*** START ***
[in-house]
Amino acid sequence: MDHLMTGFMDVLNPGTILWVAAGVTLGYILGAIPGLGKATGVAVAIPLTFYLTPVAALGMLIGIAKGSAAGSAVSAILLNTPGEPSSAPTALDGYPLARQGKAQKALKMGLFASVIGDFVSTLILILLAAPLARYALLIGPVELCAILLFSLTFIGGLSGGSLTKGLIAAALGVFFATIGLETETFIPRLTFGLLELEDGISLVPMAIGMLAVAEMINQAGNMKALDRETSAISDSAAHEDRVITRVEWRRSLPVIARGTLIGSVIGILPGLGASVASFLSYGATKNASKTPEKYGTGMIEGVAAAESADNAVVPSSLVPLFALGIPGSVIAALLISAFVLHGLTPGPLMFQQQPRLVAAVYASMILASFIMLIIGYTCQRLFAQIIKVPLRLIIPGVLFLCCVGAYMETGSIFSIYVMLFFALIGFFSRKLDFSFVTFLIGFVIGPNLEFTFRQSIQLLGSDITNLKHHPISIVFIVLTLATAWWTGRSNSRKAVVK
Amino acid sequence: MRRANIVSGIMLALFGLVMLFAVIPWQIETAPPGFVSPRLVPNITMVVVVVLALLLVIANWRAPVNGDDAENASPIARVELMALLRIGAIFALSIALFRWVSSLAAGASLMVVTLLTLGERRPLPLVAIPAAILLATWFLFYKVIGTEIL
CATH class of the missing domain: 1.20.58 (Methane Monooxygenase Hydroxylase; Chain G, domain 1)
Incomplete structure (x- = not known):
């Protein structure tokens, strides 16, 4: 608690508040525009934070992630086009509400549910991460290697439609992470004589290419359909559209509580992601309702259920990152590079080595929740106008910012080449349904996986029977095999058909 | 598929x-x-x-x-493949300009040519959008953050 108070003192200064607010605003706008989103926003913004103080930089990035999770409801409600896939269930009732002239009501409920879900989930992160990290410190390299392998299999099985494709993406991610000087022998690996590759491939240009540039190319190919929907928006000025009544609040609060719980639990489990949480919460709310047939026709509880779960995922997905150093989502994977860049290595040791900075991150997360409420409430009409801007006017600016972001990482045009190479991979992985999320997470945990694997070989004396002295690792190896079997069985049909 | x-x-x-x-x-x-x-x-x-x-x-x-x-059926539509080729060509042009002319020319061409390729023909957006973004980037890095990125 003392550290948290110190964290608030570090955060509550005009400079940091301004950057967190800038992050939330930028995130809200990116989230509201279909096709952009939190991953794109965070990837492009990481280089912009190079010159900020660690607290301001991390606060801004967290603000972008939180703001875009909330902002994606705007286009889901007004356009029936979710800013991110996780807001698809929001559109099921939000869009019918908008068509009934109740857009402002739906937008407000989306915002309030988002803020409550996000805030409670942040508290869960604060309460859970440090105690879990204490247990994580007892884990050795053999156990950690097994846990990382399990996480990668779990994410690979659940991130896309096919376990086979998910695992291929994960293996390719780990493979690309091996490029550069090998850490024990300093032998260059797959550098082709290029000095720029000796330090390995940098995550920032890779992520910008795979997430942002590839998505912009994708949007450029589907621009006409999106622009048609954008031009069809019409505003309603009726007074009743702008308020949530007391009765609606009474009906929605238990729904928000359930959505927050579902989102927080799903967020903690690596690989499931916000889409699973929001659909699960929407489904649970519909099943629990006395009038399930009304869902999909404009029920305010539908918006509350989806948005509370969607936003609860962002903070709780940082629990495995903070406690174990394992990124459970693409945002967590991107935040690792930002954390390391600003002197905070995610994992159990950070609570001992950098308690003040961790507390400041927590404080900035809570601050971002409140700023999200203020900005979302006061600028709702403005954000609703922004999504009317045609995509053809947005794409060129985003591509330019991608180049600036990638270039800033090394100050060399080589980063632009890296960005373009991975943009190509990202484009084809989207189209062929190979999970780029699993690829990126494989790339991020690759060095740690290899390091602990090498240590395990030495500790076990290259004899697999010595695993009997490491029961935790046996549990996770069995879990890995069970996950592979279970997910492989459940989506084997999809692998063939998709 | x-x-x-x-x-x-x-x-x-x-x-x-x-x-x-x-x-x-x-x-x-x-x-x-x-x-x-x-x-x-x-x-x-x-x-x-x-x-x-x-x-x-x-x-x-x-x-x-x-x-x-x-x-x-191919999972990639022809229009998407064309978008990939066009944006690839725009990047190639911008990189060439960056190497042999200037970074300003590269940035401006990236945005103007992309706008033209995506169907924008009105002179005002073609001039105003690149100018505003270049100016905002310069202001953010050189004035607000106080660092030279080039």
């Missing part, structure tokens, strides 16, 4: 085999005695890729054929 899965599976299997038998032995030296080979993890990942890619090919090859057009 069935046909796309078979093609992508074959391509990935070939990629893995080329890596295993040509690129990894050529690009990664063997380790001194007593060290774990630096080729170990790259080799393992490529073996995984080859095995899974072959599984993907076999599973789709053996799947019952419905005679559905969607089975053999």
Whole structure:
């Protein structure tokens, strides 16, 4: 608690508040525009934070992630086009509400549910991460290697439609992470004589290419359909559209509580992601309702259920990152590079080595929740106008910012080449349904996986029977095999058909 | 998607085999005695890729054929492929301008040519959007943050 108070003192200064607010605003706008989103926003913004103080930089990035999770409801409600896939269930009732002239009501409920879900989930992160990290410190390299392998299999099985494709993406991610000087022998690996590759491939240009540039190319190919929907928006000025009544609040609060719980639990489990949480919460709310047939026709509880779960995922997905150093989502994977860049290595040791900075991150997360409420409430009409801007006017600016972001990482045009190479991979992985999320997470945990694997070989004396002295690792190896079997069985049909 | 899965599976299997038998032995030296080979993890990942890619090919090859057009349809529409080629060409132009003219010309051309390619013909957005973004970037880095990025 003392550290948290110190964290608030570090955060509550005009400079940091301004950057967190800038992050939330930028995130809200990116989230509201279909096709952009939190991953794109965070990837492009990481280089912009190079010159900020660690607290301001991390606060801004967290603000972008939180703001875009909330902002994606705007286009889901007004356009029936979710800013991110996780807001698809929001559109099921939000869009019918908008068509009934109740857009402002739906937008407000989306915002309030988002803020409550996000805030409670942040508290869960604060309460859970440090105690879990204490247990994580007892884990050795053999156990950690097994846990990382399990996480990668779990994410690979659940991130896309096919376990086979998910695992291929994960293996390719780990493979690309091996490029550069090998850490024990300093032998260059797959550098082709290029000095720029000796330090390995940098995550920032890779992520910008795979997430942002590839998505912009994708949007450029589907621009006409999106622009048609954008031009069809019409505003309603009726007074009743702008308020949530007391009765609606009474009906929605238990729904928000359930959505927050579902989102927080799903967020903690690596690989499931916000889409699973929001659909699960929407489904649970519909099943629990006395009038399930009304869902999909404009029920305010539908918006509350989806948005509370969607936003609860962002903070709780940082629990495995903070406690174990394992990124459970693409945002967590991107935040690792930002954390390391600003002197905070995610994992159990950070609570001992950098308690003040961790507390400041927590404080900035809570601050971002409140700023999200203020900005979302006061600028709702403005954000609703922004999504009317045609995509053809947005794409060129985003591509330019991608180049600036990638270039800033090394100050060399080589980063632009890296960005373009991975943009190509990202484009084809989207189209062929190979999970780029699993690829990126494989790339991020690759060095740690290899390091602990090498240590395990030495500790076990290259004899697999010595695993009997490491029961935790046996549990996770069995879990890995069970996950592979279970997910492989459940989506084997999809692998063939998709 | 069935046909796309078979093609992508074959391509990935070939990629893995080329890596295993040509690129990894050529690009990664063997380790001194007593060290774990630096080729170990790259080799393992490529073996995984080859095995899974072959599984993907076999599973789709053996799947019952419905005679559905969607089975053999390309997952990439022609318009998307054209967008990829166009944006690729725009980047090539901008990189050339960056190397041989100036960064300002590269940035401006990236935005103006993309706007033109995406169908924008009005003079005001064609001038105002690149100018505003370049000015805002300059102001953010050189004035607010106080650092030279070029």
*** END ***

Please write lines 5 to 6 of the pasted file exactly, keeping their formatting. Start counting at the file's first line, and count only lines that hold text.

Incomplete structure (x- = not known):
């Protein structure tokens, strides 16, 4: 608690508040525009934070992630086009509400549910991460290697439609992470004589290419359909559209509580992601309702259920990152590079080595929740106008910012080449349904996986029977095999058909 | 598929x-x-x-x-493949300009040519959008953050 108070003192200064607010605003706008989103926003913004103080930089990035999770409801409600896939269930009732002239009501409920879900989930992160990290410190390299392998299999099985494709993406991610000087022998690996590759491939240009540039190319190919929907928006000025009544609040609060719980639990489990949480919460709310047939026709509880779960995922997905150093989502994977860049290595040791900075991150997360409420409430009409801007006017600016972001990482045009190479991979992985999320997470945990694997070989004396002295690792190896079997069985049909 | x-x-x-x-x-x-x-x-x-x-x-x-x-059926539509080729060509042009002319020319061409390729023909957006973004980037890095990125 003392550290948290110190964290608030570090955060509550005009400079940091301004950057967190800038992050939330930028995130809200990116989230509201279909096709952009939190991953794109965070990837492009990481280089912009190079010159900020660690607290301001991390606060801004967290603000972008939180703001875009909330902002994606705007286009889901007004356009029936979710800013991110996780807001698809929001559109099921939000869009019918908008068509009934109740857009402002739906937008407000989306915002309030988002803020409550996000805030409670942040508290869960604060309460859970440090105690879990204490247990994580007892884990050795053999156990950690097994846990990382399990996480990668779990994410690979659940991130896309096919376990086979998910695992291929994960293996390719780990493979690309091996490029550069090998850490024990300093032998260059797959550098082709290029000095720029000796330090390995940098995550920032890779992520910008795979997430942002590839998505912009994708949007450029589907621009006409999106622009048609954008031009069809019409505003309603009726007074009743702008308020949530007391009765609606009474009906929605238990729904928000359930959505927050579902989102927080799903967020903690690596690989499931916000889409699973929001659909699960929407489904649970519909099943629990006395009038399930009304869902999909404009029920305010539908918006509350989806948005509370969607936003609860962002903070709780940082629990495995903070406690174990394992990124459970693409945002967590991107935040690792930002954390390391600003002197905070995610994992159990950070609570001992950098308690003040961790507390400041927590404080900035809570601050971002409140700023999200203020900005979302006061600028709702403005954000609703922004999504009317045609995509053809947005794409060129985003591509330019991608180049600036990638270039800033090394100050060399080589980063632009890296960005373009991975943009190509990202484009084809989207189209062929190979999970780029699993690829990126494989790339991020690759060095740690290899390091602990090498240590395990030495500790076990290259004899697999010595695993009997490491029961935790046996549990996770069995879990890995069970996950592979279970997910492989459940989506084997999809692998063939998709 | x-x-x-x-x-x-x-x-x-x-x-x-x-x-x-x-x-x-x-x-x-x-x-x-x-x-x-x-x-x-x-x-x-x-x-x-x-x-x-x-x-x-x-x-x-x-x-x-x-x-x-x-x-x-191919999972990639022809229009998407064309978008990939066009944006690839725009990047190639911008990189060439960056190497042999200037970074300003590269940035401006990236945005103007992309706008033209995506169907924008009105002179005002073609001039105003690149100018505003270049100016905002310069202001953010050189004035607000106080660092030279080039």